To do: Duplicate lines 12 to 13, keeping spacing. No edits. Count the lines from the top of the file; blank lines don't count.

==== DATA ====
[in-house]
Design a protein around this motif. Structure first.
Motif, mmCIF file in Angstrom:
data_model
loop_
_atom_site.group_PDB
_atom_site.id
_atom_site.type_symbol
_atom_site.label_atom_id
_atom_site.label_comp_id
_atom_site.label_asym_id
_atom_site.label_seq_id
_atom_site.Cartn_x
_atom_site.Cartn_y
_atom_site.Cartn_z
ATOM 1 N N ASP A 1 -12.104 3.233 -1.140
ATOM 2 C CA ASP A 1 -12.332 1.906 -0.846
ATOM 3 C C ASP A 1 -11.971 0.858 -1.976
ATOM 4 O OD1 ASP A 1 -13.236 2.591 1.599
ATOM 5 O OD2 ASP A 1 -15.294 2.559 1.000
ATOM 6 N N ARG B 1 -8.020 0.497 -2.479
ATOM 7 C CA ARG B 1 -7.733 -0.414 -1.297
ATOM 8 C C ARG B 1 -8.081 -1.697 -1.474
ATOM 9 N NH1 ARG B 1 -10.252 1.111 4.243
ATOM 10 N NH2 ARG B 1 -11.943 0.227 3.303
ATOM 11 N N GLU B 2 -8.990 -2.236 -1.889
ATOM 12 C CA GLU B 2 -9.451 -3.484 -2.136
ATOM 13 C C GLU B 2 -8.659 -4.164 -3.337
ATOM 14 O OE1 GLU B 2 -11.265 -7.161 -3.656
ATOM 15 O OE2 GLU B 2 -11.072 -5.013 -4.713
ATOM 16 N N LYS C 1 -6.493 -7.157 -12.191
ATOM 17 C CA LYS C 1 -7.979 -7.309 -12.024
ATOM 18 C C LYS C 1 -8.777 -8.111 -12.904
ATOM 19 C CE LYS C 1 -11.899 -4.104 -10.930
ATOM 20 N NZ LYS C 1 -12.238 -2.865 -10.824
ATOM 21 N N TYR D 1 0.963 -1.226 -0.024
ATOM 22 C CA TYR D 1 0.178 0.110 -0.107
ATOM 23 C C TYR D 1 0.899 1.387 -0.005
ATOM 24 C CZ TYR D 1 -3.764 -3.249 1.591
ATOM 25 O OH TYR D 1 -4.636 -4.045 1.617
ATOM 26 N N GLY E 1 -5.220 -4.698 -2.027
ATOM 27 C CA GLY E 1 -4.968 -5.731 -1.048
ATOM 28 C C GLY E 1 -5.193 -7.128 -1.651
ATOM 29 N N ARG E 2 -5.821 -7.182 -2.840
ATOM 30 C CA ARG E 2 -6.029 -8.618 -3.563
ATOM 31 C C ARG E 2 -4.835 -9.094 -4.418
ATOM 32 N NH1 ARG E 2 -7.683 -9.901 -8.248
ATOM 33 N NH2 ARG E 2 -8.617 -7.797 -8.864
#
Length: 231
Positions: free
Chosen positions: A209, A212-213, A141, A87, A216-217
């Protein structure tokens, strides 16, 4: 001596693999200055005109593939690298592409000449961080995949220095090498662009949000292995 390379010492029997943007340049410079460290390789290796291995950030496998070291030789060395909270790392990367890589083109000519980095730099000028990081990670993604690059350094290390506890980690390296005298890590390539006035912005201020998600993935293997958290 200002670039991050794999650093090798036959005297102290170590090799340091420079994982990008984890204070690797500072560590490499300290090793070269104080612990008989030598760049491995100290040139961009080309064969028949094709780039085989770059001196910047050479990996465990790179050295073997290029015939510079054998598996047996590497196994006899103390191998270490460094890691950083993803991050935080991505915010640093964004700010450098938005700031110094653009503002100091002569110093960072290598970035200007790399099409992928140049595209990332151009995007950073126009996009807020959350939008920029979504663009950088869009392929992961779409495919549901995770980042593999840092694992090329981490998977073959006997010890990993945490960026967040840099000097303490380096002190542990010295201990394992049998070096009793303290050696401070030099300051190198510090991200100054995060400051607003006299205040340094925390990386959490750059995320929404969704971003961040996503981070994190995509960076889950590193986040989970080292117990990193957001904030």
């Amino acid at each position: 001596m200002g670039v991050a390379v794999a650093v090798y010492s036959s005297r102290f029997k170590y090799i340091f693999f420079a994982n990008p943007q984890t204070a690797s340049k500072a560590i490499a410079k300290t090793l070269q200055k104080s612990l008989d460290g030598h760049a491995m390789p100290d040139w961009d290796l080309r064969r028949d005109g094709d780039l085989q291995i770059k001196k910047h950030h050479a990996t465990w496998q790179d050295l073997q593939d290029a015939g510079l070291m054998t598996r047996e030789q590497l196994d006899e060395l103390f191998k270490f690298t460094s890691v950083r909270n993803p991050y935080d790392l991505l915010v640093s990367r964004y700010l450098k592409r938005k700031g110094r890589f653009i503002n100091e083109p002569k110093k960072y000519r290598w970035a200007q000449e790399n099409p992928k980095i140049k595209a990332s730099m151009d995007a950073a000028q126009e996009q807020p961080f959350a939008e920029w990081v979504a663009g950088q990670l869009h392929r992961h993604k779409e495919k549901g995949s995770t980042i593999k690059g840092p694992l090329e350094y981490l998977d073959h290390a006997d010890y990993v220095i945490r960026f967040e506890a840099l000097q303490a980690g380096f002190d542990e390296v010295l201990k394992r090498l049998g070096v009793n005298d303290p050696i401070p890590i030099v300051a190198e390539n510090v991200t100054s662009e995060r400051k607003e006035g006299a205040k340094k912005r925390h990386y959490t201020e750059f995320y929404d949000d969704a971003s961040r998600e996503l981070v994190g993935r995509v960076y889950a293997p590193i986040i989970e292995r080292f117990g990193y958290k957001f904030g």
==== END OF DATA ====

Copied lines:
_atom_site.label_seq_id
_atom_site.Cartn_x